Anyone who regularly moves large files like software packages, video files or entire collections of photos from external devices to a PC has probably been hoping that a way to make the whole transfer process faster will come soon. If you belong to this crowd, there good news for you: the speed of USB ports is set to double in the near future.
For nearly two decades, USB ports have been the most popular way of moving data to and from PCs and a variety of external devices, like mobile phones, external hard drives, digital cameras and flash memory sticks. The technology behind USB has been constantly evolving to enable faster data transmission speeds. The current standard used in the latest devices, USB 3.1, has the ability to move data at 10 gigabits per second.
The new USB 3.2 technology is expected to support double that speed, transferring information at up to 20 gigabits per second. These speeds can be achieved with modern devices equipped with USB hardware already available on the market, more specifically USB C- connectors and cables. The design of USB-C cables and the internal hardware serving as controllers found in a variety of devices has been optimized to permit reliable data transmission at much faster speeds.
Many technology commentators see USB-C as a very positive evolution of the connectivity and data transfer technology. There are many benefits to it. USB-C cables are reversible, so there’s no more fumbling to get it plugged in the right way. The plugs are the same size for both PCs and mobile devices, so there’s no need for a cable with a tiny plug for your phone or camera and a big one for your PC.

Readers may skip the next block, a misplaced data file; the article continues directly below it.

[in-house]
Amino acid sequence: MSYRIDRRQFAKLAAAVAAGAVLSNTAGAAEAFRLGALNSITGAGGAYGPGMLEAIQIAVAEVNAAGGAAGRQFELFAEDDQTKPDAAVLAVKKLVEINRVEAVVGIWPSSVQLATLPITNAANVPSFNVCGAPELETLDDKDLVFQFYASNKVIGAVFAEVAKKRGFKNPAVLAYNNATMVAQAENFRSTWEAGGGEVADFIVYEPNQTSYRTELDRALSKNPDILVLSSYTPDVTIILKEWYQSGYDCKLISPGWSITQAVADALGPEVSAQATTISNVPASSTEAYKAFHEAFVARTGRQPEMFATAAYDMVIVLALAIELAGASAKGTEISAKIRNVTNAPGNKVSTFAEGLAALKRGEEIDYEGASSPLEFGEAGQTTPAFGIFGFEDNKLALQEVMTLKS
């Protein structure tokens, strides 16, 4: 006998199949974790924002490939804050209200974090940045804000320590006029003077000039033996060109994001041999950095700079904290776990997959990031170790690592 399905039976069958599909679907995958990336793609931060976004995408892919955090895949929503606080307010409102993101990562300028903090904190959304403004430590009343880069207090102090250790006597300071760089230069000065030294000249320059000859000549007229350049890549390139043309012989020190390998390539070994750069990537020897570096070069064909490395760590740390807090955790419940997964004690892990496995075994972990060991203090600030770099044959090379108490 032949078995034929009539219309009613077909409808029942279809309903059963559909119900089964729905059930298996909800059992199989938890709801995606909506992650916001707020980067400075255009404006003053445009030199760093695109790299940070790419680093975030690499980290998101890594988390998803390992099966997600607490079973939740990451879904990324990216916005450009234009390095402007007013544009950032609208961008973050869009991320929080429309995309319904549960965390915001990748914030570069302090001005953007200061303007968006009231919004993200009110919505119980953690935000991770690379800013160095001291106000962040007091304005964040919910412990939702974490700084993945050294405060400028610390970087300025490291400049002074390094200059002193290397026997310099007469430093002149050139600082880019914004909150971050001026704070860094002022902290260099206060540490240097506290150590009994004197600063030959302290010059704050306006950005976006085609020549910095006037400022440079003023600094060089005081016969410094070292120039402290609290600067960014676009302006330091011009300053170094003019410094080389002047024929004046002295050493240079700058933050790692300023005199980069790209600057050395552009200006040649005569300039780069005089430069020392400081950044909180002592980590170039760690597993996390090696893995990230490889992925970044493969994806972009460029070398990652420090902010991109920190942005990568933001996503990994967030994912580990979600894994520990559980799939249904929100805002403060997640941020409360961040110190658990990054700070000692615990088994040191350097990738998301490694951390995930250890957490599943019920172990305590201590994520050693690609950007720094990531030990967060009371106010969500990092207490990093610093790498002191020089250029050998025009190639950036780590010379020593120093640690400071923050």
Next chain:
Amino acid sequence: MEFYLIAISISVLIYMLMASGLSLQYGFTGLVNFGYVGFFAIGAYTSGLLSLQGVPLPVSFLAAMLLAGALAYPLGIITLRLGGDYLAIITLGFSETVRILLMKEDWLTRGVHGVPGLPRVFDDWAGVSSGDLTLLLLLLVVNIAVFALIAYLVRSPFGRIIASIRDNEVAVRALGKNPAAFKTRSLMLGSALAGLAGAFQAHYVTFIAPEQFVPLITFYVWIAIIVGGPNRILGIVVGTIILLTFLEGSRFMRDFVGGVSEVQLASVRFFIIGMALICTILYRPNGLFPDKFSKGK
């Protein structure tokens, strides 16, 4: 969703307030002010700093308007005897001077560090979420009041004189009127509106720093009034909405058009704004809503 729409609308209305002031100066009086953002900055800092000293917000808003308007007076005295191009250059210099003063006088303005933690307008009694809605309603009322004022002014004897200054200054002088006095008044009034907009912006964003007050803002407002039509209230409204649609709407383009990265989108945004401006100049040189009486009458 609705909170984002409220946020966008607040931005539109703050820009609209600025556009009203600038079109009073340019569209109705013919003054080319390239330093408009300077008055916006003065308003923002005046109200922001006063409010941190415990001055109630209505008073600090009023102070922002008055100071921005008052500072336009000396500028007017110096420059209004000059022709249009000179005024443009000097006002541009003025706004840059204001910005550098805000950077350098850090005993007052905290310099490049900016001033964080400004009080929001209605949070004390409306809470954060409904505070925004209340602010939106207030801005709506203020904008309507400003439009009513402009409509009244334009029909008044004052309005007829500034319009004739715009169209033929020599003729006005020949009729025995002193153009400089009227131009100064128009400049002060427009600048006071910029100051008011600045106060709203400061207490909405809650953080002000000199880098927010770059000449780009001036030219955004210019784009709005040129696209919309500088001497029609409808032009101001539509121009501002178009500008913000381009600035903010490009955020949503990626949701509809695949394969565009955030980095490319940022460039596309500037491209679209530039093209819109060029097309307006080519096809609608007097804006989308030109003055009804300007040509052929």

USB-C is expected to be useful for more than just data transfer. There’s plans to adapt it so that it can be used to connect video monitors to a wide range of devices, not just desktop PCs and laptops. While today’s USB cables are already used to charge small devices, like smartphones and media players, USB-C are compatible with higher power connections. This means they may one day be used to charge laptops as well.
USB-C cables and compatible devices may already be there, but it’ll take a while before the USB 3.2 standard is implemented in consumer devices. According to the latest estimates, this will take from 12 to 18 months to happen. It’s likely that it will first be featured on higher end hardware, before being more universally adopted over time, just like prior changes to USB technology.